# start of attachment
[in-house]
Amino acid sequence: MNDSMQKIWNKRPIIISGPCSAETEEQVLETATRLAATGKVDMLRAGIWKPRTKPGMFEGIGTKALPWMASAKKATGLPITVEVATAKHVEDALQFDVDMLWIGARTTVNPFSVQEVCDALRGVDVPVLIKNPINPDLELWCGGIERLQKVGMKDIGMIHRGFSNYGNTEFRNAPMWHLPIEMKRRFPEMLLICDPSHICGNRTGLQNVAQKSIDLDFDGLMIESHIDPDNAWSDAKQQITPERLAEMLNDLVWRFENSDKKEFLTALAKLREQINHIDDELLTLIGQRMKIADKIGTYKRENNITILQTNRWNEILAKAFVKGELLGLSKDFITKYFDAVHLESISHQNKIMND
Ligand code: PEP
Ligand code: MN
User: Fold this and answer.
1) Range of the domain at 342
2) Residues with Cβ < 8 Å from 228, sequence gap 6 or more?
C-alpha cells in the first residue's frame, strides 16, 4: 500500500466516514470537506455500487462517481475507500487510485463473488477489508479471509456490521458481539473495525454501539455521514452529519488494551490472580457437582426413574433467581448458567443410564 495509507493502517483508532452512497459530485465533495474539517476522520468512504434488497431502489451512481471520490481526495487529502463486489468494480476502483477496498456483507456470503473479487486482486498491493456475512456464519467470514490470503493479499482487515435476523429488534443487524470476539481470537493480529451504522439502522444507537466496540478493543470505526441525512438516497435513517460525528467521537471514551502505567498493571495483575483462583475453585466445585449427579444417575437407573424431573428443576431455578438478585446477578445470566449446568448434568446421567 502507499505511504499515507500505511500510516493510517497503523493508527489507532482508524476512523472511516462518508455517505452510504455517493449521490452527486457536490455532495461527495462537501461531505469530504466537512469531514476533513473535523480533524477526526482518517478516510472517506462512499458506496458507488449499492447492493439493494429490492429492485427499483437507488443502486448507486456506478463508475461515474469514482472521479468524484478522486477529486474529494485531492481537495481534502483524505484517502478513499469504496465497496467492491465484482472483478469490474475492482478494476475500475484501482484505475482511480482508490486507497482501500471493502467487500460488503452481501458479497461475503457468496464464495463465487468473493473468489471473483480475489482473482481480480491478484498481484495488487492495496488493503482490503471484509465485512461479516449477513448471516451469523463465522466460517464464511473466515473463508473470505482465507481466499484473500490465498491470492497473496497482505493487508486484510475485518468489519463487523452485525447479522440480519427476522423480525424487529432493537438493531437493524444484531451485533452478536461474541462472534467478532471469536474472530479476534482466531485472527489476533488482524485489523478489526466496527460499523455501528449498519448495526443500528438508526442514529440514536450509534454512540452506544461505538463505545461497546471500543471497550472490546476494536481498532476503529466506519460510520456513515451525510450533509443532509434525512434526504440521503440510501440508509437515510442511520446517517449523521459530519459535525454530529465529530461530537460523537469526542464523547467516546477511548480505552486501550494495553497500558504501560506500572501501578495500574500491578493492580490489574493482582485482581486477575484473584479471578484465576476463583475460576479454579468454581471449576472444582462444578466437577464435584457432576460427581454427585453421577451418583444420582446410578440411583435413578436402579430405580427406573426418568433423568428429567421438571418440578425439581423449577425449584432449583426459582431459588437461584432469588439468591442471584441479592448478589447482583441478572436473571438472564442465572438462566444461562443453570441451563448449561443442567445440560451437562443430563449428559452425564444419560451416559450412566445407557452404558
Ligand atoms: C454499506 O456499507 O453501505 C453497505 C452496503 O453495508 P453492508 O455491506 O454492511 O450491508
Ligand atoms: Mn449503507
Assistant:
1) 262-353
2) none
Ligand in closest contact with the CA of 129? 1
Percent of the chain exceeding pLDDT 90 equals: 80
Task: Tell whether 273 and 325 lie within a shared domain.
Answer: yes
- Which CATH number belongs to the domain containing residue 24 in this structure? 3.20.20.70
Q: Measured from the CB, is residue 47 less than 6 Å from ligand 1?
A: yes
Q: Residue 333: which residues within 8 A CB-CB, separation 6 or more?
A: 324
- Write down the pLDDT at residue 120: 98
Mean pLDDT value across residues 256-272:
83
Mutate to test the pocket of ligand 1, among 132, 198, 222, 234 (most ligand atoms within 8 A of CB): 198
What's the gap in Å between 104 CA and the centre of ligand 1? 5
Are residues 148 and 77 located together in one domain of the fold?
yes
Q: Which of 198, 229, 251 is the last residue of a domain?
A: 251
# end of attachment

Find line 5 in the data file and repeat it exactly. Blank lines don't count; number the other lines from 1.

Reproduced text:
User: Fold this and answer.